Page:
As we finish up our three-week mini-series on Awakening, at first glance you may be wondering what in the world the story of the Good Shepherd has to do with awakening to baptism. And certainly this reading is not a text that is traditionally connected to baptism. There is no water imagery. There is no use of the word “baptism.” No one is baptized.
But I want to suggest that as we consider what it means to awaken to baptism, that baptism is not a singular event for any of us. Baptism is a way of life.
I remember when my husband and I first got married, a wise friend counseled us that we each needed to choose every single day to be married to each other. Marriage, the friend said, is a choice we make. Loving our partner is a choice we make. Good marriages don’t just happen on their own, and one partner alone cannot make a marriage good. It takes both spouses choosing each day to love their spouse, and choosing each day to nurture him or her, and choosing each day to be married to one another.
I think our baptismal covenant is rather like a marriage covenant in this way. We may or may not remember the actual event of our baptism. But at some point, we start taking responsibility for our vows, whether they were reaffirmed by others while we were infants, or we made them on our own as youth or adults. Either way, each of us must make a decision to live as baptized members of the community of faith. We have to make that choice intentionally. We have to make that choice every single day.
Mark Stamm, in his new booklet, The Meaning of Baptism in the United Methodist Church (Nashville: Discipleship Resources, 2017), writes that in the Pentecost story, the author of Acts says “And that day about three thousand persons were added” (Acts 2:41, NRSV) to the community of Christians through baptism. Stamm goes on to observe:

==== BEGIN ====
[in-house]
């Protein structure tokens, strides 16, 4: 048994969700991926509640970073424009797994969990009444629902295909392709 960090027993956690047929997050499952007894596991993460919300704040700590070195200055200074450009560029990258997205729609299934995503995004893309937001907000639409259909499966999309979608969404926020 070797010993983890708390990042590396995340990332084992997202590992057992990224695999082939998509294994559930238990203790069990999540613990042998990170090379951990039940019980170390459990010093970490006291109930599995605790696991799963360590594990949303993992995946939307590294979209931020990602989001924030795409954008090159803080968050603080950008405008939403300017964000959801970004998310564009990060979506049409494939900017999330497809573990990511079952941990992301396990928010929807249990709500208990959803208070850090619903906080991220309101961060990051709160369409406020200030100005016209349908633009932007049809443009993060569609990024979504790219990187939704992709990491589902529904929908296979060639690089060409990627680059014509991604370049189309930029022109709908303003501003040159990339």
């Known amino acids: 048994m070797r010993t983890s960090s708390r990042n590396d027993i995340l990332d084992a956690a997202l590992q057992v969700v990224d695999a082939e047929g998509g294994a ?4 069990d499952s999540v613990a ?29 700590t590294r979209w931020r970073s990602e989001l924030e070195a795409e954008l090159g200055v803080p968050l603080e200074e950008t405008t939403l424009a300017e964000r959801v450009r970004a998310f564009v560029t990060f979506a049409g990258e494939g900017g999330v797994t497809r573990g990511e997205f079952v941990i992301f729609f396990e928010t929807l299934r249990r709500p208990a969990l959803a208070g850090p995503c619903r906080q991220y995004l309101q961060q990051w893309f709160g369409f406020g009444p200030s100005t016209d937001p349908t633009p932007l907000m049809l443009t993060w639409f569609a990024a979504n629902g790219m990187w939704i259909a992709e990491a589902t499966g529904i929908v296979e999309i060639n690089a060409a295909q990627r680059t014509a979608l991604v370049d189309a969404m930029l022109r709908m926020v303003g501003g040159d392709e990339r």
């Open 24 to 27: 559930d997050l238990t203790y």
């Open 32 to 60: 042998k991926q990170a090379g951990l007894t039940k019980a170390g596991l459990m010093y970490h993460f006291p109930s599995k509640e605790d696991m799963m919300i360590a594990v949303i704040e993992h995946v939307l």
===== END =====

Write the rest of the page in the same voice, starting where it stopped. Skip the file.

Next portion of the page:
When I recount this story to my students, I often pause here and facetiously say, “And then they all went home and said, ‘what a wonderful and transforming religious experience that was!’” When they’re paying attention, they protest, saying, “That’s not what happened at all,” and they are correct. Those first Christians became a new community, one that “devoted themselves to the apostles’ teaching and fellowship, to the breaking of bread and the prayers” (Acts. 2:42). Theirs was a community in which the work of the Spirit was manifest. They cared for one another, sharing their lives on multiple levels, and that sharing overflowed, drawing others into their fellowship. The remainder of Acts provides the continued narrative of that overflow and by the grace of God received in baptism, we continue writing new chapters.
How are you writing new chapters into the unfolding story of the grace of God, received in baptism, through your personal life and relationships, in your church, in your community, and in the world?
Just like in a marriage, one partner in the baptismal covenant alone cannot make the relationship work. It takes other disciples, other members of the body, choosing every day to live in covenant with other baptized members, to make a Christlike community of faith. Being a baptized disciple of Jesus Christ is a communal act. We live out our faith and practice our discipleship within a community of other Jesus-followers. Baptism is an ecclesial act. That is why in The United Methodist Church we do not hold “private” baptisms. The saving grace of Christ Jesus, marked in our baptism, is lived out through our participation in community with God’s people. In the words of Mark Stamm,